When I started, I researched a lot on how other woodworkers' work flow, tools, and techniques. One of the things I realized is that it is really important to understand yourself and how you work. Imitating others is a good start point, but pretty quickly I found that I work better in certain ways then others. For example, in building the workbench I researched what are important attributes for it based on other people's experience, but when I started to use the bench myself, I realize that I do things in certain ways that made me further modify the workbench to be more aligned with my workflow.

Similarly with buying tools, it's easy to pick up "tools you need for woodworking" lists from hundreds of sources and then spend $20k buying everything, but the result is likely that even though those tools are all very useful you might end up not using many of them at all because that's not your work style. One list might suggest a jack plane, but what if you discover that you're more a power tool guy? Ultimately, I found it best to follow the path of "buy it when you need it", but I fully sympathize the lure of wanting to buy those neat tools regardless of need.

Initially, I really didn't experience any frustration with woodworking since my projects were pretty basic. I had to tackle a hard project so I can experience the negative side of things in order to decide whether I like the hobby. I can honestly say that I enjoy woodworking, but don't like to be doing it under time pressure.

I love the feeling of coming up with an idea and being able to go to the garage and try it out instead of keeping it inside until I can find time to go to the shop. I don't like the saw dusts and messiness of the garage. I do like a mixture of hand tools and power tools, and more then anything else I like the feeling of being able to build something for my family.

End of Week 17: Thanksgiving

Being as it was Thanksgiving week there weren't as much progress this week. It was also cold and wet outside so I didn't bother to take any new pictures of the rough electrical that was put in. Fortunately, since we passed inspection last week, the roof is now covered so that winter weather won't be stopping the interior work that will be started on next week.

I have been thinking and researching what I'd like to do with the garage. Since I started woodworking, I have a greater interest in the garage and setting it up as workshop in addition to using it as a storage space and parking the car. The new garage will offer a lot more wall space then what I have now so I want to take advantage of it and the high ceiling will allow me to utilize some of the overhead hanging shelves for even more storage space.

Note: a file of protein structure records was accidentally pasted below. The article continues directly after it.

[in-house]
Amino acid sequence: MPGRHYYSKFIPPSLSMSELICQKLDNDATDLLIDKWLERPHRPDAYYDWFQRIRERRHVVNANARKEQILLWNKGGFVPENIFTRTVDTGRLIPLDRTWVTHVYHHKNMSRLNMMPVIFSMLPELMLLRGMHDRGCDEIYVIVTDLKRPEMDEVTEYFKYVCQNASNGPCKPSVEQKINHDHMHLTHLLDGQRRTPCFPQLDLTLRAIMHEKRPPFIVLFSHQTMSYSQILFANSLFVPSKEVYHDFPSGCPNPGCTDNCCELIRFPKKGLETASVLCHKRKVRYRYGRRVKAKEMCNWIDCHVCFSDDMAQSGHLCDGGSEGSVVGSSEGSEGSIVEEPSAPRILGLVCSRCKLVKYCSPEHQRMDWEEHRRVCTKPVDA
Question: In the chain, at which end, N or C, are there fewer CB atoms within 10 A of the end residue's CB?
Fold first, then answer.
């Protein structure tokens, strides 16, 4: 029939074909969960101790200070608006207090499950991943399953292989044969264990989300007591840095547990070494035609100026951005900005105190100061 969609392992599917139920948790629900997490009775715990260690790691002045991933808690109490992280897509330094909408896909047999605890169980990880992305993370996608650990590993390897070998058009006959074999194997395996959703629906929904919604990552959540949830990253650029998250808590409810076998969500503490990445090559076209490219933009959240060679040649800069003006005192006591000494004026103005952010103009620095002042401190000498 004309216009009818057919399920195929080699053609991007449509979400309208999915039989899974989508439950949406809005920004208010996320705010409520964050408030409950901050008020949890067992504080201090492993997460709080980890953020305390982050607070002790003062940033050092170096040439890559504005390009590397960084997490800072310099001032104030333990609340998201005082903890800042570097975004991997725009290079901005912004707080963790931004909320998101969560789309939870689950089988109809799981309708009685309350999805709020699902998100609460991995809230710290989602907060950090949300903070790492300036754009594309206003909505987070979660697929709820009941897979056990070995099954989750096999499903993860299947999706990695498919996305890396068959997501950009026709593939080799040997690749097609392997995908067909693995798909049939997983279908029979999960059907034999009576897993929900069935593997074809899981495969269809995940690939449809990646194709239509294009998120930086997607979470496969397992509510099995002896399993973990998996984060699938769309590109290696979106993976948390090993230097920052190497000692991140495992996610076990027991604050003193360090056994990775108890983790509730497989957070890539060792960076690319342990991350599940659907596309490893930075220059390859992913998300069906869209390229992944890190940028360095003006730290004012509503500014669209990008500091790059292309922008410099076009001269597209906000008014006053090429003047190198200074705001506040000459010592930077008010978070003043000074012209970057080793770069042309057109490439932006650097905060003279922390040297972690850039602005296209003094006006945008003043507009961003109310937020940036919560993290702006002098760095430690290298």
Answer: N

I would also like to have something besides the cold concrete flooring that is typical of garages. The hard floor is not friendly to the feet and the tools and also tends to get ugly over time as oil spills on it and cracking occurs so garage floor tiles might be an option. It seems like it is also something that I can install myself before anything is put into the garage.

Sunday, November 21, 2010

End of Week 16: Electrical and Plumbing

The plumber and electrician continues to work on the rough plumbing and electrical while the roofing is being completed. We've walked through the house with the electrician to verify the placement of the various electrical outlets as well as going through the shop drawings for the kitchen cabinets.

A lot of details with the house are starting to become more apparent especially with lighting.

Before the skylight openings:







Saturday, November 13, 2010

End of Week 15: "It's starting to look like a house!"

The pace of things have picked up significantly since the arrival of the roof trusses and a lot of activity can be found at the site as well as the ringing of the cash register draining more funds. ^^;

With the trusses up, the crew have started to put up the wall sheathing and roofing. The electrician has been on-site to plan out the rough electrical and soon the plumber will also be out to prepare to do the rough plumbing.

I've been ordering the networking stuff in preparation for running the data/telephone/video wiring which will happen once the electrician and plumber is done and before we put up the drywall.







Tuesday, November 2, 2010

Week 14: Roof Trusses!!!

Roof trusses arrived and the roof is going up. Should have the trusses and the plywood sheathing on the wall this week.


Mobile Tool Tote

I decided to leverage my newly built workbench and build something to organize my tools. I have a small Craftsman tool bag that I was using to hold all my tools, drill bits, etc. but it was becoming too small. Small parts would sink to the bottom where I'd have to dig around to find what I needed. Overall, things were getting pretty disorganized.

  • Mobility: I wanted more then a simple toolbox, but still mobile and portable. The wheels allows me to easily tilt the tote and roll it around the room and even up stairs if I needed to.

  • Step-stool: My workbench is also too high for my son so I wanted a step for him to be able to stand on.